Forecasts for the Indian rupee change all the time, affected by news events and relative sentiment towards the Indian economy. This continually updated article reviews the latest forecasts from banks and FX experts as well as news and recent movements of INR in the currency markets.
There are several reasons to favour rupee weakness in the coming months, the first being strong seasonal patterns: the rupee typically falls in value every second-quarter (April-to-June) due to India’s heightened gold demand heading into Akshaya Tritiya.
NAB told Bloomberg TV that it sees a recovery in Asian currencies in the 2nd half of the year if the coronavirus comes under control.
In 2019 the rupee did remarkably well despite a 35 percent rise in the oil price last year (oil is India's largest import).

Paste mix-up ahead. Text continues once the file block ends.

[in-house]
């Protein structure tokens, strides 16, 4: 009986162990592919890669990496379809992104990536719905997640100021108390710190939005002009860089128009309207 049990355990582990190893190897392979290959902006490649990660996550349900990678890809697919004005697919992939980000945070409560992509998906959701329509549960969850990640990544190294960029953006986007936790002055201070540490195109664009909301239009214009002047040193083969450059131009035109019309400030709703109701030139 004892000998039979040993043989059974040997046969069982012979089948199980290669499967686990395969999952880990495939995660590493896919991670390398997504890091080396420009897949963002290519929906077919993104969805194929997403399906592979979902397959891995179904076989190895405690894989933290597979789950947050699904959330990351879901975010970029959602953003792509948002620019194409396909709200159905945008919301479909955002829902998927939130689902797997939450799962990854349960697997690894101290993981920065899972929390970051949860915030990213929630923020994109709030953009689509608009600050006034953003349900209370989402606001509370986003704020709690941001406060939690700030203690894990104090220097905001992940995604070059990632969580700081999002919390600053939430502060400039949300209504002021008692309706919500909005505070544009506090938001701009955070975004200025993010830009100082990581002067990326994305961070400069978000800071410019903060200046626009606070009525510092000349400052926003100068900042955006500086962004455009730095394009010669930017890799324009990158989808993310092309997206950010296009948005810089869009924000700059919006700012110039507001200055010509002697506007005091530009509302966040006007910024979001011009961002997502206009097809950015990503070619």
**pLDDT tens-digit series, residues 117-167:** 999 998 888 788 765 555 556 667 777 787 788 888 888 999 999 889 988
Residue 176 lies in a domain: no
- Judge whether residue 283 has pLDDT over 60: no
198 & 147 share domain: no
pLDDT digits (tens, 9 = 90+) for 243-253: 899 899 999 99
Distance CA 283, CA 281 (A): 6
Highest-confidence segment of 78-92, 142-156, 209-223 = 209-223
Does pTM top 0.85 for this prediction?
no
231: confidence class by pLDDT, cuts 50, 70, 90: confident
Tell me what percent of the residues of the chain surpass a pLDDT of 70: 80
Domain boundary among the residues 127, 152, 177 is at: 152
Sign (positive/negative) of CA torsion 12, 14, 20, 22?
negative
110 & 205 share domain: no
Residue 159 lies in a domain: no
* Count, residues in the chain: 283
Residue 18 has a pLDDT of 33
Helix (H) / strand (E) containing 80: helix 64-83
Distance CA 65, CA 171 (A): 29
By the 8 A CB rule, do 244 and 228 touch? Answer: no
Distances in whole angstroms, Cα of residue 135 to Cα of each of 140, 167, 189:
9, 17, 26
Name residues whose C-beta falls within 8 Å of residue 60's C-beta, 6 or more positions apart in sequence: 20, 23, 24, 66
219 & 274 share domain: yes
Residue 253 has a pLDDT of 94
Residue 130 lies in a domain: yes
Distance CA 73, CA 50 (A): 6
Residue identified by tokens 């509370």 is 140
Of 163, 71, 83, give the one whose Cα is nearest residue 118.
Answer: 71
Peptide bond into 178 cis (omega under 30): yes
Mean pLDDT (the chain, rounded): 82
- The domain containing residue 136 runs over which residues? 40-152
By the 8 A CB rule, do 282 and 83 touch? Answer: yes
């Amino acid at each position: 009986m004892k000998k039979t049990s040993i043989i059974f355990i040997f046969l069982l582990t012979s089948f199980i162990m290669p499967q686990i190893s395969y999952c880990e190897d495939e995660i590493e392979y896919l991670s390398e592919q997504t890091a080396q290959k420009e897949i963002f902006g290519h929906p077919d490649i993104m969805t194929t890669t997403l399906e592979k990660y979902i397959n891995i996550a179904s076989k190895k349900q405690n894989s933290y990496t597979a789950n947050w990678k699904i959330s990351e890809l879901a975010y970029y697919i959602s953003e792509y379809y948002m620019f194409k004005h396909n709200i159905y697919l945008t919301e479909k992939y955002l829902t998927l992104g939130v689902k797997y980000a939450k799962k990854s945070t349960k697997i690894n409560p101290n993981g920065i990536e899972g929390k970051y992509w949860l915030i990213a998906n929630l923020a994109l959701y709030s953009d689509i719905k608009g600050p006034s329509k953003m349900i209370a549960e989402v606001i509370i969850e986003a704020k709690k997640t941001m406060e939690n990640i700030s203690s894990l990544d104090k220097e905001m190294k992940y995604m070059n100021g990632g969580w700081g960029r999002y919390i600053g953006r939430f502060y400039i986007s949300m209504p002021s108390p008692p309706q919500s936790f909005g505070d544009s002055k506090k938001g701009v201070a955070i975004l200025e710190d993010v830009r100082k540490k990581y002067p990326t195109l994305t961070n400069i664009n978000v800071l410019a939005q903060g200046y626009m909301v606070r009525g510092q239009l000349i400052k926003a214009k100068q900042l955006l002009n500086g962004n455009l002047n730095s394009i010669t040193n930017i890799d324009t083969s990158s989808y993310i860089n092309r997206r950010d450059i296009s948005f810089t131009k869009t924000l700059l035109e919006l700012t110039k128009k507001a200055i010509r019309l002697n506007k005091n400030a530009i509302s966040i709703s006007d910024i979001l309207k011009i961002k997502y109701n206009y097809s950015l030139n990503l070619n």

In early May 2019, by the narrowest of margins, the rupee reached a 16-month high against the Australian dollar (₹48.4), before falling back slightly. It rose towards long-term highs against the euro (₹77.3) and was flat on the year against the US dollar (₹69.2), although it was 8 percent higher against the greenback than it had been in October of 2018.
This is a difficult question and the answer really depends on many factors. The best way to consider an exchange rate's relative value is to look at the rate's history.
For example, the following table looks at the change in the INR to USD exchange rate to the present day for periods going back 10 years:
|1 Week||18 May 2020||0.0132|
|30 Days||25 Apr 2020||0.0131|
|90 Days||25 Feb 2020||0.0139|
|1 Year||26 May 2019||0.0144|
|5 Years||27 May 2015||0.0156|
|10 Years||28 May 2010||0.0215|
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